By Sean Axmaker
Knightriders On Blu-Ray

Knightriders on Blu-ray

Three years after the success of Dawn of the Dead, George Romero stepped out of his defining genre to direct something more unexpected. Based solely on the film's original poster, painted by famed fantasy illustrator Boris Vallejo and featuring Ed Harris striding a motorcycle in medieval armor, handlebars in one hand and a spiked flail in the other, you might expect Knightriders to fall in line with the Roger Corman drive-in genre of futuristic barbarian movies, an upscale Deathsport with a middle-ages theme. Romero's film couldn't be farther from it. Knightriders does indeed offer riders in suits of armor over tunics and tights, jousting on motorcycles and battling with swords, maces, ornate axes and other ancient weapons, but it's part of the spectacle they provide for local audiences with their traveling Renaissance Fair. To the crowds it's just a show but for this community of cycle-riding gypsies and old-school artisans and craftsmen, it's a good-natured competition undertaken in the spirit of their Arthurian inspiration. The screenplay echoes the King Arthur legend but stops short of attempting to recreate it in literal form. Ed Harris took his first leading role as Billy, the benevolent king of the troupe and an idealist who aspires to the chivalric code in the modern world. He created this scruffy nomadic community and struggles to hold on to his singular vision as the troupe grows. The supportive Merlin (Brother Blue) is the troupe's medical doctor, a man who dropped out of the traditional medical culture to be a healer, shaman, storyteller, and Billy's most trusted advisor. You can pick out a Guinevere in his Queen Linet (Amy Ingersoll) and a Lancelot in the loyal Alan (Gary Lahti), the heroic and handsome right-hand to Billy, but there is no betrayal of vows between them. There's a Percival in the silent Native American local (Albert Amerson) who challenges Billy during an exhibition and then becomes his devoted shadow and protector. There is even a fall of their Camelot in the form of the temptation of money and fame, which draws out a faction of riders led by Morgan (Tom Savini), the resident black knight who undertakes every competition with a little more competitive aggression and physical gusto than most. But the parallels only go so far and the members of the troupe bring their own flourishes to this communal ideal. Morgan is a gearhead rather than a romantic who joined for the rush of the jousting. He has no investment in the Arthurian ideals and the joke around the campfire is that he took the name Morgan without realizing that in the Arthurian tales it was the name of a sorceress. Yes, the macho Morgan took the name of a girl. And there's a blacksmith named Little John (Ken Foree of Dawn of the Dead) and an advance man who becomes their Friar Tuck, a happy hedonist who distills his own wine. It's not a matter of adding the Robin Hood legend to the story, simply members of the community bringing their own flair to the mix. This Camelot is a sixties holdover, an alternative commune as travelling medieval tent show and fairground spectacle, and Billy is the inspiring leader and the moral rock that centers the group. He recalls another Billy that rode into theaters the year before, Clint Eastwood's Bronco Billy, who led a group of dreamers in a travelling wild west show. This Billy is more devoted to his vision of the court of moto-knights and the ideals of the code and he can be unbending and at times fanatical, which takes its toll on the individuals who joined this collective ideal for reasons of their own. Just as important as the individual personalities and motivations within the group is the social dynamic they create together. This is the most naturalistic ensemble of Romero's career and they have a rapport that confirms their communal identity through the competition on the field and the teasing in the down time. They hold out for an ideal of justice and fair play in a world of corruption, greed, and racism, but they also negotiate the practical world of fairground permits and insurance waivers and medical coverage, the legal details that allows the show to go on. Romero sometimes fudges the safety details and decisions for the sake of dramatic flashpoints, but he's committed to keeping them firmly in the material world where making accommodations to modern society is a matter of degree where opinions differ. It's all accomplished on a low budget and Romero is true to the scope of the story. The stunt work is excellent but down to earth, executed with a mix of circus showmanship and gearhead sportsmanship. Getting rough is part of the deal, but it's all in fun. For all the medieval throwback of clashing swords, suits of armor and knights on motorbikes, however, Knightriders isn't a fantasy. It's a modern film about the difficulties of sustaining an idealistic alternative to the material world - sixties values meeting human nature in the modern world - and that story plays out on a more intimate, human scale in scenes between the shows, where Romero explores the dynamics of idealists in the real world with affection and admiration. Nothing lasts forever, but the film's greatest affirmation is the embrace of an evolving ideal and the effect it has on everyone who respects it. The Blu-ray debut is quite beautifully mastered with vivid color (it brings out the rich greens of the forest scenes that set the idyllic tone of the film) and a clean image with only minor signs of wear. It features the commentary track recorded by director George Romero, actors Tom Savini, John Amplas, and Christine Romero, and carried over from the Anchor Bay DVD released over a decade ago. It plays out like a kind of reunion moderated by film historian Chris Stavrakis, stronger on stories and reminiscences and softer on production details, but enjoyable company nonetheless. Also carried over is 8 minutes of vintage footage of the motorcycle stunt riding, shot on home video cameras of the era so it's low fidelity quality. Mostly it offers alternate angles on scenes viewed in the movie. New to this edition are three new video interviews. Ed Harris, modest as always, notes that it was only his third feature and has fond memories of the production, noting the gypsy unit became a community not unlike the community seen in the film. It turns out that Harris learned to ride a cycle for an episode of CHiPs. Tom Savini recalls his long association with Romero, both as a special effects artist and an actor, and notes that he was tournament fencer from college, a skill he was able to bring to his character. Both interviews are under ten minutes, while the new George Romero interview runs 17 minutes and takes us through the film from its inception (as a drama built around more traditional Renaissance Faire setting) through the production and release. He says it remains his second favorite of his films, a close second to Martin. By Sean Axmaker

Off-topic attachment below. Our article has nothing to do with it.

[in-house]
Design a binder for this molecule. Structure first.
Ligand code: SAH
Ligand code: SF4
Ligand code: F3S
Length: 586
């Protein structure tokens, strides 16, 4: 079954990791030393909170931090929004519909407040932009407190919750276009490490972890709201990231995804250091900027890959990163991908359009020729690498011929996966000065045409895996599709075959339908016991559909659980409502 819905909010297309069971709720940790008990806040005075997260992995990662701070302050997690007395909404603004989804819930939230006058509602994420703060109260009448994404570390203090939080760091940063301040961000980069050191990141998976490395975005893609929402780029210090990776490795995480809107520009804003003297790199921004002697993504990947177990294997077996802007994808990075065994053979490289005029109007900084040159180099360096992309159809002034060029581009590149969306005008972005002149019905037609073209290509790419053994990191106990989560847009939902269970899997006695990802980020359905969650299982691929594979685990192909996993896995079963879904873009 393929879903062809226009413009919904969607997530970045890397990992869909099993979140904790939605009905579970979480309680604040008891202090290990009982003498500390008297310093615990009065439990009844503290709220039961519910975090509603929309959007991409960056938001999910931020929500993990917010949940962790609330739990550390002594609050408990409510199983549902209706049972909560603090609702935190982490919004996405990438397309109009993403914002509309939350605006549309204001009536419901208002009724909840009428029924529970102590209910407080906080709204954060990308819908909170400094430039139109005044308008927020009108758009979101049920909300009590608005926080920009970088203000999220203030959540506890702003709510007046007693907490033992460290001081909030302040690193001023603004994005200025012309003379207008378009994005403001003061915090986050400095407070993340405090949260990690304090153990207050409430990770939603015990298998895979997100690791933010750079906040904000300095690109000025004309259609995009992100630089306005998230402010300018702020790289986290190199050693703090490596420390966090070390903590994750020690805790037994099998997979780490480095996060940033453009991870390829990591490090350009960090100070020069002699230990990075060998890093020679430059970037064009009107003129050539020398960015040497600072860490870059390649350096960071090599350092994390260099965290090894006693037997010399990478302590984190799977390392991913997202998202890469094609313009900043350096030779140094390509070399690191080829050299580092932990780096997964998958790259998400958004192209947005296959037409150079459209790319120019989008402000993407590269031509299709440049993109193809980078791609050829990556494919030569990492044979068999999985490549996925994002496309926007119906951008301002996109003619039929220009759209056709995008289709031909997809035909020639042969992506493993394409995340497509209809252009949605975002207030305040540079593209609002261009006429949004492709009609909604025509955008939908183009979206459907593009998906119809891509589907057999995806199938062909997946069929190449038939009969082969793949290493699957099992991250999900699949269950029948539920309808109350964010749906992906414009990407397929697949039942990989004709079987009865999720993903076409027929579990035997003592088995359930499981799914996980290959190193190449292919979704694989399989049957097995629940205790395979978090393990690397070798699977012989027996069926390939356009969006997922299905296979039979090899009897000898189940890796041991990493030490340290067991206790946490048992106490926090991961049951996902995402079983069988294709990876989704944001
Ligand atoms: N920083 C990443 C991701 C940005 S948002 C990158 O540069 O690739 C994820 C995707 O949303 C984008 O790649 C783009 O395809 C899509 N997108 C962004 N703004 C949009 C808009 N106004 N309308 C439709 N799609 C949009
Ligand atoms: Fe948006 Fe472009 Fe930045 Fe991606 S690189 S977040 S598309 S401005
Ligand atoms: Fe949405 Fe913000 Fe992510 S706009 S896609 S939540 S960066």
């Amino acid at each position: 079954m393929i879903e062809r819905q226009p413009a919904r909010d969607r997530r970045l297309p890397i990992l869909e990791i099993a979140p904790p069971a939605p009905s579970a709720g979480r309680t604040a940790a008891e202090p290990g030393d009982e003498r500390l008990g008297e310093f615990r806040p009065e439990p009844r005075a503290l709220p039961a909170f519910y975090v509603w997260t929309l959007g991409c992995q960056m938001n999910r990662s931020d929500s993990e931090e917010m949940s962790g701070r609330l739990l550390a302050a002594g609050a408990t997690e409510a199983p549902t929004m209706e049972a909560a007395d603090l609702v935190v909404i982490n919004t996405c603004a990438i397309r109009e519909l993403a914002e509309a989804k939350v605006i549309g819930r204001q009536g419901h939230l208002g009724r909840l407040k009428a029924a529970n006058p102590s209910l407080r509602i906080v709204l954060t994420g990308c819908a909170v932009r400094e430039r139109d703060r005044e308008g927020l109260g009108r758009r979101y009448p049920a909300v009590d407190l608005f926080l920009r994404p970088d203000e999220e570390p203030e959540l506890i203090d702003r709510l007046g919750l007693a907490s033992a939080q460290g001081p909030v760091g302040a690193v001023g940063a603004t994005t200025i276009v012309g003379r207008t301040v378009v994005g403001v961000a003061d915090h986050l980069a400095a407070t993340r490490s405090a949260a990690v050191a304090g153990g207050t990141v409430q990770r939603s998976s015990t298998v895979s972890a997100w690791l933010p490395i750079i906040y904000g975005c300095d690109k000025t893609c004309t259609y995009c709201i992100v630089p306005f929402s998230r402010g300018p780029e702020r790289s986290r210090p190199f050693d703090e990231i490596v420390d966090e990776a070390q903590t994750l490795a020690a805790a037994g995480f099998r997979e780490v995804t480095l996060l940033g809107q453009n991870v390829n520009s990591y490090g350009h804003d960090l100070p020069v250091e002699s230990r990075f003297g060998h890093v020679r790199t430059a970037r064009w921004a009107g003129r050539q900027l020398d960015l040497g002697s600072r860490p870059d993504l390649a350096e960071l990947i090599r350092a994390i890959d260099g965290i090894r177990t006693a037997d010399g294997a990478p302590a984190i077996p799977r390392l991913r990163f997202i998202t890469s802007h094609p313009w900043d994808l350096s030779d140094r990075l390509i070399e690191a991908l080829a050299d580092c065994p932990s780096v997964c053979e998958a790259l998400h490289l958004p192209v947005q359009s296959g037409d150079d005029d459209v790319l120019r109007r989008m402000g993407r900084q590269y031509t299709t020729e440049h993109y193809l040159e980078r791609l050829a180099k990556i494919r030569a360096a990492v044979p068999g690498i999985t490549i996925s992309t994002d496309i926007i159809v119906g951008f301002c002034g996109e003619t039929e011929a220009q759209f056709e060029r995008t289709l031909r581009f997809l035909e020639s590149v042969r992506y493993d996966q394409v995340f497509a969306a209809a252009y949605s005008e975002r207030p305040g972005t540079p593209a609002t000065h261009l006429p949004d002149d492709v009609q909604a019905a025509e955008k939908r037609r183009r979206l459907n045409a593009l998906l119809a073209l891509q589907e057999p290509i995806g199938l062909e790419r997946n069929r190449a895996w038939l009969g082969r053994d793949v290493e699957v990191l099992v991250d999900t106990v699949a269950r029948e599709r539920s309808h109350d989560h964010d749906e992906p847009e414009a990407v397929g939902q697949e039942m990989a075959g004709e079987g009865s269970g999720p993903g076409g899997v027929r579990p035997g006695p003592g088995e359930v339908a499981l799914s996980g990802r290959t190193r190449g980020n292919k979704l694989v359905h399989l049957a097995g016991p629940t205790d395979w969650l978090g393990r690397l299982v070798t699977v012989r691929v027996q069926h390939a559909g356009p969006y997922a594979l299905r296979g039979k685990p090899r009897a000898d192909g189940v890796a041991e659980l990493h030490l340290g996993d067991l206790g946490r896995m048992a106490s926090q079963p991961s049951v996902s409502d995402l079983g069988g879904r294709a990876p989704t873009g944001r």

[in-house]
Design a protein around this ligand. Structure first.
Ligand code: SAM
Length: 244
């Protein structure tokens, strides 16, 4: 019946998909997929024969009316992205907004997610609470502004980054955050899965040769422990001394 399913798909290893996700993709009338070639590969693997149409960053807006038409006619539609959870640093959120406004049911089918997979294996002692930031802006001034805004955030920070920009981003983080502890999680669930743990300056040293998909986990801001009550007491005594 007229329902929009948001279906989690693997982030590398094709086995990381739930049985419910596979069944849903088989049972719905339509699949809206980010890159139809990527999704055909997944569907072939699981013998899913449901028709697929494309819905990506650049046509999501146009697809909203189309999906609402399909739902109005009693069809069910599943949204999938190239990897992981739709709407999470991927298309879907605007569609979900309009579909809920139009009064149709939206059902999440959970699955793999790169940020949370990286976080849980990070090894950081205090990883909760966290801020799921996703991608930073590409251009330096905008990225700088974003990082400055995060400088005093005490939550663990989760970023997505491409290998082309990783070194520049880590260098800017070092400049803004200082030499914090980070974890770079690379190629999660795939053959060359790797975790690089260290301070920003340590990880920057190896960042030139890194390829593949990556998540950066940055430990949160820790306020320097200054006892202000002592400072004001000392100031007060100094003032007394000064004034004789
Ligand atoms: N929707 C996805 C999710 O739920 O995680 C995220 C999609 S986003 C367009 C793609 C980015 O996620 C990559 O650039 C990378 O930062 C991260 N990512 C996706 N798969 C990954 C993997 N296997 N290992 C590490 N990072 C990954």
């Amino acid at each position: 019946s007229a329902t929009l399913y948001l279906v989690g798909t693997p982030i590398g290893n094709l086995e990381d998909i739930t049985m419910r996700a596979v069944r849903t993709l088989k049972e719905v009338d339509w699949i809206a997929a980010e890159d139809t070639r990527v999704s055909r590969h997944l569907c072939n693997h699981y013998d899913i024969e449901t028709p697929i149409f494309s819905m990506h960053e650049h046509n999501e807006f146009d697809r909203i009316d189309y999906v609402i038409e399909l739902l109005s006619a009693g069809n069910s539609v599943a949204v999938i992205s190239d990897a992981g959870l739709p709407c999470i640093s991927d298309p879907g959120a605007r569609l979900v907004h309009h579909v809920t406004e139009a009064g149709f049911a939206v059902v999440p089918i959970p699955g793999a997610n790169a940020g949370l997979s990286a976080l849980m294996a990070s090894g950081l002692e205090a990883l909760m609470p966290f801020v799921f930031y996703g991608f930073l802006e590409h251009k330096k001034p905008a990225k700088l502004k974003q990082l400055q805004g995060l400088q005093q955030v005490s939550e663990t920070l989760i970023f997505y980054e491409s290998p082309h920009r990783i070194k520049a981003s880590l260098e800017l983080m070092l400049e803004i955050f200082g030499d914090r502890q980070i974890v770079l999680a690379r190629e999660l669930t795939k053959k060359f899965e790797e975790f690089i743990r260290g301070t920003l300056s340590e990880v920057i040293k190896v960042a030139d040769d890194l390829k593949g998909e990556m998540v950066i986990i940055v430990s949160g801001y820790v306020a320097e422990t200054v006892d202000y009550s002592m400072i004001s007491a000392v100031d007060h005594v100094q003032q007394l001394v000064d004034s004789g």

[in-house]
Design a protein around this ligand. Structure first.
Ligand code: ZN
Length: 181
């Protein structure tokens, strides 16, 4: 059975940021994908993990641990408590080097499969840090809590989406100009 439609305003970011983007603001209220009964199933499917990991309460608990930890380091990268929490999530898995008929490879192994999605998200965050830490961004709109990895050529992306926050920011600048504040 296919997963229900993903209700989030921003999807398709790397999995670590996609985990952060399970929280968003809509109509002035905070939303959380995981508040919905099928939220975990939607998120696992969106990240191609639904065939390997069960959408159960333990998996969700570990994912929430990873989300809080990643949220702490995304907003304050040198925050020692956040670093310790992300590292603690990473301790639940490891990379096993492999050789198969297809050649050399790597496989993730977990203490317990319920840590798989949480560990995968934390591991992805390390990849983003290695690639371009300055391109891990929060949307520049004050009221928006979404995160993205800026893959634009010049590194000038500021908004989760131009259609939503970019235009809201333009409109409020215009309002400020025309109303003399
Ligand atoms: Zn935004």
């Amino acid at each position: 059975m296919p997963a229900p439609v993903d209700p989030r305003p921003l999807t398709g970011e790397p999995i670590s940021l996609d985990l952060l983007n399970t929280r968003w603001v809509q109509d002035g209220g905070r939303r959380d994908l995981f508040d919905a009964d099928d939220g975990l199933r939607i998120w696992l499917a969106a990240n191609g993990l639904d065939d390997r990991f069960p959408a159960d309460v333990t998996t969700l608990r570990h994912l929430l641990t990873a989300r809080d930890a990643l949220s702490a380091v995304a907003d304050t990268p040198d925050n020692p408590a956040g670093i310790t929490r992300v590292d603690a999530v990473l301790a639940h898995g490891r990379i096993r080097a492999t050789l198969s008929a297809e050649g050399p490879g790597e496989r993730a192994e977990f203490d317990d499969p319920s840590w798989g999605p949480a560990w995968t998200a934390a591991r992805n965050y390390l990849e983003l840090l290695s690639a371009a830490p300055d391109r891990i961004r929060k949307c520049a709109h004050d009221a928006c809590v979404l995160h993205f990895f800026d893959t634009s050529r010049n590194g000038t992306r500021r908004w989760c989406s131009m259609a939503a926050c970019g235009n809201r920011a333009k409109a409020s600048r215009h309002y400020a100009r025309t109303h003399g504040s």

Quotes

Trivia

Miscellaneous Notes

Released in United States Spring April 10, 1981

Released in United States April 1981

Released in United States Spring April 10, 1981

Released in United States April 1981 (Shown at FILMEX: Los Angeles International Film Exposition (Contemporary Cinema) April 2-23, 1981.)